Geografie dello sguardo, per una nuova iconografia dell’inclusione
In choosing the works to display at the Massa Episcopal Complex, Paolo Topy responded thoughtfully and intelligently to the invitation formed by the title of the cycle – of which the show of his work forms the first chapter. By the inclusion in this architectural complex of an iconography encouraging us to reflect upon what it means to be human and on our relationship to others, he invites us on a stroll through this remarkable geography of stone in order to bring a different gaze to bear on the world around us, and invites us to explore the relationship we maintain with it.
To grasp the full meaning of Paolo Topy’s presence at Massa, we must recall Pope Benedict XVI’s letter to artists of 21 November 2009. The Pope read it to a group of them in the Sistine Chapel, beneath the admirable frescoes of Michelangelo Buonarroti. Benedict XVI did not forget to mention his predecessor John-Paul II’s meeting 10 years earlier, on 4 April 1999, or even Pope Paul VI’s meeting with artists in the same place forty-five years earlier, on 7 May 1964 to be precise. Speaking to the gathered artists, Benedict XVI expressed himself thus: “You are the custodians of beauty: thanks to your talent, you have the opportunity to speak to the heart of humanity, to touch individual and collective sensibilities, to call forth dreams and hopes, to broaden the horizons of knowledge and of human engagement. (…) So great was Paul VI’s esteem for artists that he was moved to use daring expressions. ‘And if we were deprived of your assistance,’” Benedict XVI reminded the assembled, before adding that Paul VI had called for a “’renaissance’ of art, in the context of a new humanism.” In expressing a sincere concern as to the eventual absence of artists in the permanent and necessary reflection upon our shared humanity, Paul VI highlighted the importance of their presence and of the contribution they can make to debates about important ideas. Artists have a lot to say to us. But do we know how to listen to them? In the democratic debate that is the true wealth and strength of this Europe that is still in the making, their assistance is precious to us. What, indeed, if we were deprived of it? Their view of the world and upon humanity; the manner in which they invite us, as “viewers,” simple visitors, to share that moment of reflection by experiencing art means that we can not do without them. Nor, finally, was the popes’ explicit reference to the Renaissance – a privileged moment in the history of humanity’s ideas as well as of its art – fortuitous either. Drawing on the Greek and Latin thinkers and philosophers, the Renaissance aimed to elevate humanity, to turn its back on the obscurantism that continues to threaten us today.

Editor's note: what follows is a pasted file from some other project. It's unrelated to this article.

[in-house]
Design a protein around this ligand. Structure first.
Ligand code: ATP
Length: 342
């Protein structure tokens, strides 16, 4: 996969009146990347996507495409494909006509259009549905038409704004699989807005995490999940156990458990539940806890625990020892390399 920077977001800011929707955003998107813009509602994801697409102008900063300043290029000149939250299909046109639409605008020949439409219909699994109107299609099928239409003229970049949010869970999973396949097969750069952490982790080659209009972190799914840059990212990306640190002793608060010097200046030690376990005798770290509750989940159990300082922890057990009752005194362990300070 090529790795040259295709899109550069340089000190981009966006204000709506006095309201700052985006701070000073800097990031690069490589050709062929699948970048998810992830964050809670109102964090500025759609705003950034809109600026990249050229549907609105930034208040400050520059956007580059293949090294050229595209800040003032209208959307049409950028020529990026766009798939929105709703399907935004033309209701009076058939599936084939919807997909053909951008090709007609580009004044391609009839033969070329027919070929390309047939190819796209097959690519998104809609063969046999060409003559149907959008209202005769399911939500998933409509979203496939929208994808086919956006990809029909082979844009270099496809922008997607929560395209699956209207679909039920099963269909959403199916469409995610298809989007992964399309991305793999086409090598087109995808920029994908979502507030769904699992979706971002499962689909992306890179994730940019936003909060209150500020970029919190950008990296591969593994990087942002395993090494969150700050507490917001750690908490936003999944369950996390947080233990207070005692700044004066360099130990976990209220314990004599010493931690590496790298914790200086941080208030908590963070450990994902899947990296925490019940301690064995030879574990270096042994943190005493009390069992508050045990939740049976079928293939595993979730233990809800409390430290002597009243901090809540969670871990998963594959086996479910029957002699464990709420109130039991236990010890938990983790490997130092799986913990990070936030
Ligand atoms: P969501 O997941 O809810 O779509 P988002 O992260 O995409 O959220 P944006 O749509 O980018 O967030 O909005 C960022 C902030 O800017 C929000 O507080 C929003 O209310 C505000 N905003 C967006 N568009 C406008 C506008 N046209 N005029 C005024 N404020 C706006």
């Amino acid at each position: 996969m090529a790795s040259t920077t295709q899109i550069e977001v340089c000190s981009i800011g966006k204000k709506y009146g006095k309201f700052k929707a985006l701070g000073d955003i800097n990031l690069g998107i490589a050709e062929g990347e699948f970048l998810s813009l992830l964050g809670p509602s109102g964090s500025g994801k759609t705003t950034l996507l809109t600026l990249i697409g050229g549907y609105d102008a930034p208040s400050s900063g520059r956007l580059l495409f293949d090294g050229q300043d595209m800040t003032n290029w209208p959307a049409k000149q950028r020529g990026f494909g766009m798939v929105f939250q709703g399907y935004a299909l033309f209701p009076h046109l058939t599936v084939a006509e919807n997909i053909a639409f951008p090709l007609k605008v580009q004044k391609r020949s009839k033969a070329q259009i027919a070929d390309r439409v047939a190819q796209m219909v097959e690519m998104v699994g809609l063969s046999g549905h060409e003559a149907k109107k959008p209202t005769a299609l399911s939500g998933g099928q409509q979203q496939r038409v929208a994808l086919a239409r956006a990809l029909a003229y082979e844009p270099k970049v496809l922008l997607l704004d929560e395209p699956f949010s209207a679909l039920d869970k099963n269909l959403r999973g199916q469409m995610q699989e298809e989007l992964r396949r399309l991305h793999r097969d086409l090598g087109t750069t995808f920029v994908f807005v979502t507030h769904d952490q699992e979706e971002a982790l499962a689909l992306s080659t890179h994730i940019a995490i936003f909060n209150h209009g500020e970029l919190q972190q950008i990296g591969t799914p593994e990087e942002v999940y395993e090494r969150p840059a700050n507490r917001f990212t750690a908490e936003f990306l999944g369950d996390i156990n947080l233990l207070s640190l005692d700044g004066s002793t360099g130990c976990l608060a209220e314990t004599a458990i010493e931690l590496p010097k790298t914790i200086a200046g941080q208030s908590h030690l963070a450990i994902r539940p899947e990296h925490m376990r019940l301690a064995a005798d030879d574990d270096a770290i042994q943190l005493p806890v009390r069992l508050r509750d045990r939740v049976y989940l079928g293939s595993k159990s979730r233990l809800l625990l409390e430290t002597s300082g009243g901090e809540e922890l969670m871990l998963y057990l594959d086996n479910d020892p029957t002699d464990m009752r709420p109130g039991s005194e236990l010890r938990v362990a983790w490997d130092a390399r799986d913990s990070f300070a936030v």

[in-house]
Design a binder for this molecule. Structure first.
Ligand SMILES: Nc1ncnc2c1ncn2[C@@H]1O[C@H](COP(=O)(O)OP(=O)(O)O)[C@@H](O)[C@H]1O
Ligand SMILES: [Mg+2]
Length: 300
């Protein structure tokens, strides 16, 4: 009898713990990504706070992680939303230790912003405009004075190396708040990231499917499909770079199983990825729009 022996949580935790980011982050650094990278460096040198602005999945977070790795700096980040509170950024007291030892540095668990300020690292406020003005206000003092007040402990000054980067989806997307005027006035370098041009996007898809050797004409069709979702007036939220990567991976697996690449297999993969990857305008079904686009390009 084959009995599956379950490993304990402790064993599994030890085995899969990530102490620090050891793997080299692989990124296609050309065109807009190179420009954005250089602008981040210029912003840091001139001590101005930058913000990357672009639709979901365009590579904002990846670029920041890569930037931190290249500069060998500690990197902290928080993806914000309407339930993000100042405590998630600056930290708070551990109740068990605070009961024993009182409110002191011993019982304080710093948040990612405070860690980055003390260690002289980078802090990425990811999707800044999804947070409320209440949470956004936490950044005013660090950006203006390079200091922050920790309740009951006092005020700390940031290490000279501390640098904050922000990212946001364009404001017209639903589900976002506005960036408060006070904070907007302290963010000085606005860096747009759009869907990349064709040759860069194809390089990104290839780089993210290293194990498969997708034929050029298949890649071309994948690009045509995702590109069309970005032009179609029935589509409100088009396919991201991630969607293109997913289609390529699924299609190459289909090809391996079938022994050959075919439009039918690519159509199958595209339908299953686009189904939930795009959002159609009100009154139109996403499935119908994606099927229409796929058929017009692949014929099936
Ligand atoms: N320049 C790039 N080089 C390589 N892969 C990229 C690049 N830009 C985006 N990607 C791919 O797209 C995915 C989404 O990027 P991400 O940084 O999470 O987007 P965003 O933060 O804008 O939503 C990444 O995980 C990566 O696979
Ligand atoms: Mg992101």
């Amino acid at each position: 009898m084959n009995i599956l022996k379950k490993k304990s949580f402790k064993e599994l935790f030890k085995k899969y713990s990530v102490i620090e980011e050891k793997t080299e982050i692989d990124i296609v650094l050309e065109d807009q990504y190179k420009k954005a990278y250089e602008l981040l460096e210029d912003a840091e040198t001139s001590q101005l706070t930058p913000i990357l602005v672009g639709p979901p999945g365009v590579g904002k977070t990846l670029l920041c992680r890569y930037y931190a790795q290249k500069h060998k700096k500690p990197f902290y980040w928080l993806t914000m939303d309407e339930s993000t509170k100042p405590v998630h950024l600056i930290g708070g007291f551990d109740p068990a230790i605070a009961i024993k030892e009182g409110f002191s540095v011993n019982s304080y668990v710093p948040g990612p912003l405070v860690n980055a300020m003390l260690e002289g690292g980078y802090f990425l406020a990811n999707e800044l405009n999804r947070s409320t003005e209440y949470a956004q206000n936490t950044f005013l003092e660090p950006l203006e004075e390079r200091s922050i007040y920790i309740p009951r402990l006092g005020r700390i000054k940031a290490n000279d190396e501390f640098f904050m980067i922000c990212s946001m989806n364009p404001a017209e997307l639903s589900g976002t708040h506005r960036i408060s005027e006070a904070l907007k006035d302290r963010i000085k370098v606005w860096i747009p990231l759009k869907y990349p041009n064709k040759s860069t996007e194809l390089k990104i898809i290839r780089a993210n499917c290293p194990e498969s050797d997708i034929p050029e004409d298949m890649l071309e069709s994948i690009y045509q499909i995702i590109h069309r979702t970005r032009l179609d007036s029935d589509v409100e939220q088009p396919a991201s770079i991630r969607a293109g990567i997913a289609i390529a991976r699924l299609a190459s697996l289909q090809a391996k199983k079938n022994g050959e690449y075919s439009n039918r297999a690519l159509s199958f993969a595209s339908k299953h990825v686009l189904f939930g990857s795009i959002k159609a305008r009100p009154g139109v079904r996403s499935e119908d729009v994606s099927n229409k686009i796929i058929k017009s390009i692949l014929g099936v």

Paolo Topy’s oeuvre is socially committed and courageously free of any ideology. It fits perfectly into the humanist tradition in Europe, a place with profoundly Christian roots. Europe’s construction depends on a philosophy that places mankind and its questions at the center of its concerns. A philosophy that was incarnated very early, by Christ himself, and later, both by important thinkers like Erasmus, Saint Thomas Aquinas and Saint Francis of Assisi, and by artists whose work still has so much to say to us, even now. “Humanitas,” the title Paolo Topy has given to the selection of work shown at Massa, is a direct reference to the humanist culture that those thoughtful, enlightened and righteous popes were calling for in their letters to those men and women who, in their studios or when facing the sometimes somber spectacle of the world, ponder things deeply, and invite us to join them in their generous, heartfelt criticisms, reflections and suggestions.
So let us accept Paolo Topy’s invitation willingly, and make our way through his work with him; let us listen to what he has to say to us. Let us find in ourselves the strength to conceive of a different world, a different relationship to both it and the beings with which we share it. Yves Peltier